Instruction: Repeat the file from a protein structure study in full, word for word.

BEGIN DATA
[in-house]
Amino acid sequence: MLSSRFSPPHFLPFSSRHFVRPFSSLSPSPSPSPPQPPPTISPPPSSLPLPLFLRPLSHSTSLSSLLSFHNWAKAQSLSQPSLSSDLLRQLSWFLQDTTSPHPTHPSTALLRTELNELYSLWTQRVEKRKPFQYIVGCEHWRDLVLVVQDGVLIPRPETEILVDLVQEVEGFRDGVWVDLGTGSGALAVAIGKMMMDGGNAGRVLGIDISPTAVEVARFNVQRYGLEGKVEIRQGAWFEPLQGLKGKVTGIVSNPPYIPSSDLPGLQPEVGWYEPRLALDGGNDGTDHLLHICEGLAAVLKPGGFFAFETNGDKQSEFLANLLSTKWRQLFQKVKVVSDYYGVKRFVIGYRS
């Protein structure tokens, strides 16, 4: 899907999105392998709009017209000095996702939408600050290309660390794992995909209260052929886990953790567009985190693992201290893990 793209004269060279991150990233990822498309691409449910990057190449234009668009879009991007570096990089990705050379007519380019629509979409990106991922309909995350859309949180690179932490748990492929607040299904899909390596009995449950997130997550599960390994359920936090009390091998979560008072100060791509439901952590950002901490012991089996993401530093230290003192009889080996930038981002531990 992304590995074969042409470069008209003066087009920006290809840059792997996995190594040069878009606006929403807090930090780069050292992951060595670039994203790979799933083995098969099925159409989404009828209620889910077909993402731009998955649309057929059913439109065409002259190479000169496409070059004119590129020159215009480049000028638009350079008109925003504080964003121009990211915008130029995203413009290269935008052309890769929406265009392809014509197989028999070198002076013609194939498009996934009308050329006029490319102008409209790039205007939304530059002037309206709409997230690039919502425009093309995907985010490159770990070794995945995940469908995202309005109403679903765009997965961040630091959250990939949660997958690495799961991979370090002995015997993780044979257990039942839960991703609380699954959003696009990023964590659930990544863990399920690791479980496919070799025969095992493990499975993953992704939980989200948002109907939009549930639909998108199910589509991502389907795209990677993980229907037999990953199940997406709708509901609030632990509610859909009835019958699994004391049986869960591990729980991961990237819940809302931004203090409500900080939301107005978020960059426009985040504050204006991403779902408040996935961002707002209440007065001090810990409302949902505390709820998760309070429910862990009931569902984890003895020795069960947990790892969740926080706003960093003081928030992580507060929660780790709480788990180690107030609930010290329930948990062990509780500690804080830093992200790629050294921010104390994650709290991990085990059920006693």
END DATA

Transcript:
[in-house]
Amino acid sequence: MLSSRFSPPHFLPFSSRHFVRPFSSLSPSPSPSPPQPPPTISPPPSSLPLPLFLRPLSHSTSLSSLLSFHNWAKAQSLSQPSLSSDLLRQLSWFLQDTTSPHPTHPSTALLRTELNELYSLWTQRVEKRKPFQYIVGCEHWRDLVLVVQDGVLIPRPETEILVDLVQEVEGFRDGVWVDLGTGSGALAVAIGKMMMDGGNAGRVLGIDISPTAVEVARFNVQRYGLEGKVEIRQGAWFEPLQGLKGKVTGIVSNPPYIPSSDLPGLQPEVGWYEPRLALDGGNDGTDHLLHICEGLAAVLKPGGFFAFETNGDKQSEFLANLLSTKWRQLFQKVKVVSDYYGVKRFVIGYRS
């Protein structure tokens, strides 16, 4: 899907999105392998709009017209000095996702939408600050290309660390794992995909209260052929886990953790567009985190693992201290893990 793209004269060279991150990233990822498309691409449910990057190449234009668009879009991007570096990089990705050379007519380019629509979409990106991922309909995350859309949180690179932490748990492929607040299904899909390596009995449950997130997550599960390994359920936090009390091998979560008072100060791509439901952590950002901490012991089996993401530093230290003192009889080996930038981002531990 992304590995074969042409470069008209003066087009920006290809840059792997996995190594040069878009606006929403807090930090780069050292992951060595670039994203790979799933083995098969099925159409989404009828209620889910077909993402731009998955649309057929059913439109065409002259190479000169496409070059004119590129020159215009480049000028638009350079008109925003504080964003121009990211915008130029995203413009290269935008052309890769929406265009392809014509197989028999070198002076013609194939498009996934009308050329006029490319102008409209790039205007939304530059002037309206709409997230690039919502425009093309995907985010490159770990070794995945995940469908995202309005109403679903765009997965961040630091959250990939949660997958690495799961991979370090002995015997993780044979257990039942839960991703609380699954959003696009990023964590659930990544863990399920690791479980496919070799025969095992493990499975993953992704939980989200948002109907939009549930639909998108199910589509991502389907795209990677993980229907037999990953199940997406709708509901609030632990509610859909009835019958699994004391049986869960591990729980991961990237819940809302931004203090409500900080939301107005978020960059426009985040504050204006991403779902408040996935961002707002209440007065001090810990409302949902505390709820998760309070429910862990009931569902984890003895020795069960947990790892969740926080706003960093003081928030992580507060929660780790709480788990180690107030609930010290329930948990062990509780500690804080830093992200790629050294921010104390994650709290991990085990059920006693």